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Liberty on Campus in 2008: FIRE’s Year in Review

PHILADELPHIA, December 30, 2008While restrictions on freedom of speech and other First Amendment rights once again abounded on America's campuses in 2008, the Foundation for Individual Rights in Education (FIRE) enlisted more students and faculty members than ever in its fight against campus censorship. Thanks to this groundswell of support, FIRE secured essential victories for freedom of speech and against limits on political activismboth on our nation's campuses and in courts of law.

"In 2008, FIRE made significant progress in protecting individual rights, fighting double standards, and turning back the tide of repression on campus," FIRE President Greg Lukianoff said. "FIRE is heading into 2009 better equipped than ever to fight and win battles for civil liberties and fundamental fairness at America's colleges and universities."

FIRE won many victories for freedom of speech, religious liberty, freedom of association, and freedom of conscience throughout 2008, including key legal victories for student rights on campus. These successes included:

Free speech on campus also gained a major legal victory when the United States Court of Appeals for the Third Circuit ruled in DeJohn v. Temple University that Temple University's former speech code was unconstitutional. FIRE, which wrote an amicus brief in the case, now has alerted hundreds of schools that they maintain similar speech codes at their legal peril. Between this decision and the legal victory against the speech codes of the California State University System last year, practically no college administrator can claim ignorance of the law.

In addition, under legal pressure, Shippensburg University agreed for the second time to dismantle an unconstitutional speech code that was originally eliminated four years ago in a suit brought by FIRE Legal Network attorneys.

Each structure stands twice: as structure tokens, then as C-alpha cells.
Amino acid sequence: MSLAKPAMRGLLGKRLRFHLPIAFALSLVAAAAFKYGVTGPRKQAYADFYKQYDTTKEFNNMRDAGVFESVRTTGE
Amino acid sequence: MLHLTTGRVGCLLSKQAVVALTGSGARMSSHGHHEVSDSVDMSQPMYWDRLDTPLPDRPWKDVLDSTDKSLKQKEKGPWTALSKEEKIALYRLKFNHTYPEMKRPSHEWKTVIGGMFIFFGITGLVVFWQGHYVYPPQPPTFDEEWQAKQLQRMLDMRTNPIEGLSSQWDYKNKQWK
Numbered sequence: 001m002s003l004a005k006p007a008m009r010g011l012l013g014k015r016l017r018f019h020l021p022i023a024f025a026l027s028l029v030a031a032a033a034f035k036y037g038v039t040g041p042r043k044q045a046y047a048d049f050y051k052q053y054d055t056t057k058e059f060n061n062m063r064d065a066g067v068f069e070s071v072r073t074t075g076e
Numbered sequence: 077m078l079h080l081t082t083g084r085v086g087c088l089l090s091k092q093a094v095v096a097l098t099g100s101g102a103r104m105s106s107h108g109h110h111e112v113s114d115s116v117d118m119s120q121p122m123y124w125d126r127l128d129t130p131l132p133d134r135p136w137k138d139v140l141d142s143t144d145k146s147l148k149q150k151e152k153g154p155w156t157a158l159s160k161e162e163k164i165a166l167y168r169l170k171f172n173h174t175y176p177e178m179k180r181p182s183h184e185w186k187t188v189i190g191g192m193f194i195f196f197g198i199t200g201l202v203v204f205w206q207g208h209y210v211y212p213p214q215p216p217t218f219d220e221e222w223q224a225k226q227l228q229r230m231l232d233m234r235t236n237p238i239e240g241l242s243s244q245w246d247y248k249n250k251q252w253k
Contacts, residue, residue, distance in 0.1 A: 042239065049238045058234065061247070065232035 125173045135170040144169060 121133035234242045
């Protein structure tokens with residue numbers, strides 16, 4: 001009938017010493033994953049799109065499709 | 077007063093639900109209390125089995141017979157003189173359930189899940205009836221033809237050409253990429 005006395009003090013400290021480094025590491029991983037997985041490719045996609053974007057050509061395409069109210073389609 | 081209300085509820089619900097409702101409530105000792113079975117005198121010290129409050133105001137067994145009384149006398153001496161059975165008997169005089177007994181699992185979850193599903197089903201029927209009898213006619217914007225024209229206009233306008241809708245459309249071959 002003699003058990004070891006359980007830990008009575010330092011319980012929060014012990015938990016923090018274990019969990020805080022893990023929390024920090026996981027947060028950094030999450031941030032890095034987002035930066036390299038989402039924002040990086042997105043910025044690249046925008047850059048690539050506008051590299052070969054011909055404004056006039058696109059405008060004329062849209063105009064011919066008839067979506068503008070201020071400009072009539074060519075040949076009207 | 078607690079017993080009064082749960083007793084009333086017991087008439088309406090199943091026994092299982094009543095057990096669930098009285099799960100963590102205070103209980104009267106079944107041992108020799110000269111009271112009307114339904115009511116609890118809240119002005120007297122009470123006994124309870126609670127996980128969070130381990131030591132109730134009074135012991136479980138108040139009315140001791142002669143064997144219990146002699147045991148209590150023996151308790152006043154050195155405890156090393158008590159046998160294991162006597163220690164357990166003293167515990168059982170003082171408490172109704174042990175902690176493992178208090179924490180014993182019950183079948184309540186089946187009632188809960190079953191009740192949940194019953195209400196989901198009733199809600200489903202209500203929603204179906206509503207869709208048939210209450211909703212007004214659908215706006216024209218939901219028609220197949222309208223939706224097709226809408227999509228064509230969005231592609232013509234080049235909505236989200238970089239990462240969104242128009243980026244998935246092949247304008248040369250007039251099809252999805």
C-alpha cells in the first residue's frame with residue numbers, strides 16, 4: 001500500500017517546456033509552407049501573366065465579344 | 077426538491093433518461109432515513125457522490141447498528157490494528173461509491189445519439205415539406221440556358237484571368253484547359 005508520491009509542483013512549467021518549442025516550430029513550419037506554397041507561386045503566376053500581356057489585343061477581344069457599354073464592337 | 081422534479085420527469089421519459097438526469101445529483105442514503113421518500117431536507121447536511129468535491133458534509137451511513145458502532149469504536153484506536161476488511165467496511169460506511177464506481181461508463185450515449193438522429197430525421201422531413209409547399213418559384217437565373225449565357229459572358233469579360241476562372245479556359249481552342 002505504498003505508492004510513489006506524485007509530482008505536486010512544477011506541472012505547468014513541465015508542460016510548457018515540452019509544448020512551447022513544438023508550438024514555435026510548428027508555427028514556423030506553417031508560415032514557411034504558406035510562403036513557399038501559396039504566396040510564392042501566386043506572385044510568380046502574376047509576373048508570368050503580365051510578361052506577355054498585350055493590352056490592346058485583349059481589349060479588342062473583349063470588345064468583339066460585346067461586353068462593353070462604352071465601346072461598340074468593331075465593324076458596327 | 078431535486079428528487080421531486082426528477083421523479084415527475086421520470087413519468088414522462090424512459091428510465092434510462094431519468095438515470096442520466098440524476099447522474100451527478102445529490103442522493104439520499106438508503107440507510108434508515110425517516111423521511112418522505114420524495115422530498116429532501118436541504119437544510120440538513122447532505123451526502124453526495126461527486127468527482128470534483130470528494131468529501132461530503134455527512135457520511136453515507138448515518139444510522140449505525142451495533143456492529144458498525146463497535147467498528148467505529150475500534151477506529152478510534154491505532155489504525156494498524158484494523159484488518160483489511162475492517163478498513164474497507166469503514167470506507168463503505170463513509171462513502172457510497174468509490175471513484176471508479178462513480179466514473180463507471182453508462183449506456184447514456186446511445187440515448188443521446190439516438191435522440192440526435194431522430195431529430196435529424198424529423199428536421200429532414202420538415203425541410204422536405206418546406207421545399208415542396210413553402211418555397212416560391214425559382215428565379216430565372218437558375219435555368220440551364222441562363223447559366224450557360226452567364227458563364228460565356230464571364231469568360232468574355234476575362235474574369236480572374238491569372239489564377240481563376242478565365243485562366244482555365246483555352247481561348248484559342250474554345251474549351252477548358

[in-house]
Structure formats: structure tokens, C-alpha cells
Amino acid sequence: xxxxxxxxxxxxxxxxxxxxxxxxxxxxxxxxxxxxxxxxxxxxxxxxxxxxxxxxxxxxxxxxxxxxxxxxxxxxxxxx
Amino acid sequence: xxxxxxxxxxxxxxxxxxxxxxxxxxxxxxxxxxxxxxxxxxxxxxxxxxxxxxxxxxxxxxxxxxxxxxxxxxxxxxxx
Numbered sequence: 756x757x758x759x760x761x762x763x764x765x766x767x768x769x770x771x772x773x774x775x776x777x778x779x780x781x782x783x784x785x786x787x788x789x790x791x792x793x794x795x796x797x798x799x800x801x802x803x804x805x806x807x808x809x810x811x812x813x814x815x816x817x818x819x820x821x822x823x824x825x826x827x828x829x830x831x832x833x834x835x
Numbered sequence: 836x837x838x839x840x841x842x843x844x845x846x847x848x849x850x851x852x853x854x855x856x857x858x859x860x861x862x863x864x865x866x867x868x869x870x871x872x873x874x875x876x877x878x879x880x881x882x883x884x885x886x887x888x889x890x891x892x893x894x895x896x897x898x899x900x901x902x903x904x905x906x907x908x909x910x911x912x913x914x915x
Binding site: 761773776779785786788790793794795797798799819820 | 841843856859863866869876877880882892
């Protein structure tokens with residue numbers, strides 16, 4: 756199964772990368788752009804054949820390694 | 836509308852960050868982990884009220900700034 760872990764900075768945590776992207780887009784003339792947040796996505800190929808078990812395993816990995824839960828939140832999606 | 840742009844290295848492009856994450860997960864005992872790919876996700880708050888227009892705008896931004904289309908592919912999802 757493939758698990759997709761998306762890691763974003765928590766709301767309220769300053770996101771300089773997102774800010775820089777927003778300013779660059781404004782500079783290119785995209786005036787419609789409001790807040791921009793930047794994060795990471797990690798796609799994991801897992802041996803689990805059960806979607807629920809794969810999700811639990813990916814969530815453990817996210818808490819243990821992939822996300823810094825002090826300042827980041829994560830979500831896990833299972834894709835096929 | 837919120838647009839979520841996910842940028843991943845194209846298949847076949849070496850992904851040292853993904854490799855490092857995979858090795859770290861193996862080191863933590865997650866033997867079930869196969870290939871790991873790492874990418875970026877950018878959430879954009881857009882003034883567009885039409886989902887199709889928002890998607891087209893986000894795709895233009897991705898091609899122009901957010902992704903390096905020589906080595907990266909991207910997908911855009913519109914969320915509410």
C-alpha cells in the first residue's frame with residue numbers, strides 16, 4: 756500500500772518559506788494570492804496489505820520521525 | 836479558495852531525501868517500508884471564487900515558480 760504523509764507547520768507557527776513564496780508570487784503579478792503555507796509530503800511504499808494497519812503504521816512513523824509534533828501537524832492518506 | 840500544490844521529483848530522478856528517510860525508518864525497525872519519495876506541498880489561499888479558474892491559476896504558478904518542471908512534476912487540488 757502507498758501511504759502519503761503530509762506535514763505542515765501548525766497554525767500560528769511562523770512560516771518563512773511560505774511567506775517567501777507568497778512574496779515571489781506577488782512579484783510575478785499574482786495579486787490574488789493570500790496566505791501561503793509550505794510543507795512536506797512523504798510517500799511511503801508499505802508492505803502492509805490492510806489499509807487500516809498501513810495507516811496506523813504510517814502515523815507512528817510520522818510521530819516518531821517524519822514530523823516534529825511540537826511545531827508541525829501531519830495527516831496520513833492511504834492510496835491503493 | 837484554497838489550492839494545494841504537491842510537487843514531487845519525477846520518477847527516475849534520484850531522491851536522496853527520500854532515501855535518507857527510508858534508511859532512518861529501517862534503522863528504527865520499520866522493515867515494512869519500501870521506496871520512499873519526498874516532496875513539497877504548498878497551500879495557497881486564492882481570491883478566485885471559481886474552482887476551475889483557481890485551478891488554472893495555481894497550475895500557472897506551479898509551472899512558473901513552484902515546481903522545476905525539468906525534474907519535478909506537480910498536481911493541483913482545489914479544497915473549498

"It is time for public college and university administrators to heed the clear message that the courts have been sending for nearly twenty years now: free speech on campus is not optional," William Creeley, FIRE's Director of Legal and Public Advocacy, said.

FIRE also dramatically expanded its education programs to inform the public about violations of students' and faculty members' individual rights on campus by:

FIRE also informs prospective students and their parents about threats to rights on campus through Spotlight: The Campus Freedom Resource, a database with information on speech codes at over 400 colleges and universities, and through the Red Alert list of campuses that represent the "worst of the worst" when it comes to liberty on campus. Michigan State University (MSU) recently joined Brandeis University, Colorado College, Johns Hopkins University, and Tufts University on this list of shame.

Heading into the New Year, FIRE will fight to achieve justice for MSU student leader Kara Spencer, who was found guilty of "spamming" after she e-mailed faculty about MSU policy changes. FIRE also will redouble its efforts to restore liberty at two colleges in Texas: Tarrant County College, where an empty gun holster protest was prohibited, and Lone Star College, where even the mention of the word "gun" on a flyer has been censored.

"Many administrators across the country still think they can bully students into submission," Creeley said. "But FIRE will continue to vigorously defend campus rights in 2009."

William Creeley, Director of Legal and Public Advocacy, FIRE: 212-582-3191;

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